James Ely Miller was born on March 24, 1883 in Smithtown, New York. He attended the Berkley Prep School and Yale University graduating with the highest honors. In 1914, he enlisted in the U.S. Army Reserve and in 1915 he transferred to the reserve Aero Squadron, which he organized and commanded. Upon the U.S. declaration of war on Germany in 1917, his reserve unit was activated to join the U.S. Aero Squadron at Plattsburg, New York.
In July, 1917, Captain Miller was appointed Commanding Officer at the U.S. Army 3rd Aviation Instruction Center at Issoudon, France. In 1918 he requested transfer to the front line 180th Spad Fighter/Patrol Squadron at Coincy.
When Captain Miller's unit was activated in 1917, he left a wife and daughter to serve his country.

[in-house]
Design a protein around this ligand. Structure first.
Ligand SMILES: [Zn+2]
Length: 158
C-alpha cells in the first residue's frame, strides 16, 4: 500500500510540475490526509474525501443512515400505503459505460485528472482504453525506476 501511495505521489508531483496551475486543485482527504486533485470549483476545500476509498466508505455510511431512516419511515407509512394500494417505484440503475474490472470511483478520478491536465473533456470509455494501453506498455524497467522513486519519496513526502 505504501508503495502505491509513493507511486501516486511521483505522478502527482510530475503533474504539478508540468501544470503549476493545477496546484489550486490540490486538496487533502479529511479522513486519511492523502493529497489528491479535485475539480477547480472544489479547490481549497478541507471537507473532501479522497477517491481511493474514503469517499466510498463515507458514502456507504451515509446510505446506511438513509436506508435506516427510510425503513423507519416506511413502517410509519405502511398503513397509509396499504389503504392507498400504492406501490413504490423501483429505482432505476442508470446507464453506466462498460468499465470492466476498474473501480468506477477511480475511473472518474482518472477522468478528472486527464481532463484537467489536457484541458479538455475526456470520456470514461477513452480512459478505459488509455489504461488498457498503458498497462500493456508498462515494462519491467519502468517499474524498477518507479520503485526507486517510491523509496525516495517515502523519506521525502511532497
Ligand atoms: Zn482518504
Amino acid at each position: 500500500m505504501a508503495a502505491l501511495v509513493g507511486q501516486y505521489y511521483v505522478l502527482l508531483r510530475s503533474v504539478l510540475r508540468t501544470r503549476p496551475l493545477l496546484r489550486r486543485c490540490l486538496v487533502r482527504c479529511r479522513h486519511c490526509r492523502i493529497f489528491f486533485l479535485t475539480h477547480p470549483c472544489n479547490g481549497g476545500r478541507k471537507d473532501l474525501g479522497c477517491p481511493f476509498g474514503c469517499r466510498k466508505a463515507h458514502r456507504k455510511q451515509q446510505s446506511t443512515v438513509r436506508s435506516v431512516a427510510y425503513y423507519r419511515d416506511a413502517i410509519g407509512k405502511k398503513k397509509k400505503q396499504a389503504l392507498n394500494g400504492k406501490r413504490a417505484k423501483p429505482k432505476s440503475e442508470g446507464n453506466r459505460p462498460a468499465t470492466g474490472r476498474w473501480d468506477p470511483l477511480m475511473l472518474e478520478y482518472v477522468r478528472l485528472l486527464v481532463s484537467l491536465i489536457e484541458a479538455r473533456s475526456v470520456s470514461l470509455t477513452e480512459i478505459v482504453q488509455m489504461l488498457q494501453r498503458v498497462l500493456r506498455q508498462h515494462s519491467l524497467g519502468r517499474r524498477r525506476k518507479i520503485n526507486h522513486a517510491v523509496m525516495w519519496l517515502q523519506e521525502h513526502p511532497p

Captain Miller was killed in action, having been shot down during a dog fight with two German fighter planes over Barrieux, France on March 9, 1918. He was buried in the Military Cemetery at Laon, France in April 1918. Two days after he was shot down, a German plane flew over Miller's airfield and dropped his personal effects on the runway. Captain Miller was the first aviator serving with an American unit killed in combat in France.
On July 20, 1921 the U.S. Army airfield at Dorp, Staten Island, New York was renamed Miller Field in memory of Captain Miller. Mary Miller, Captain Miller's mother, presented a bronze tablet to the Army on Armistice Day, November 11th 1924. The airfield has since become part of the "National Gateway Recreation Area" and the tablet is still on display in the park at the Administration Building.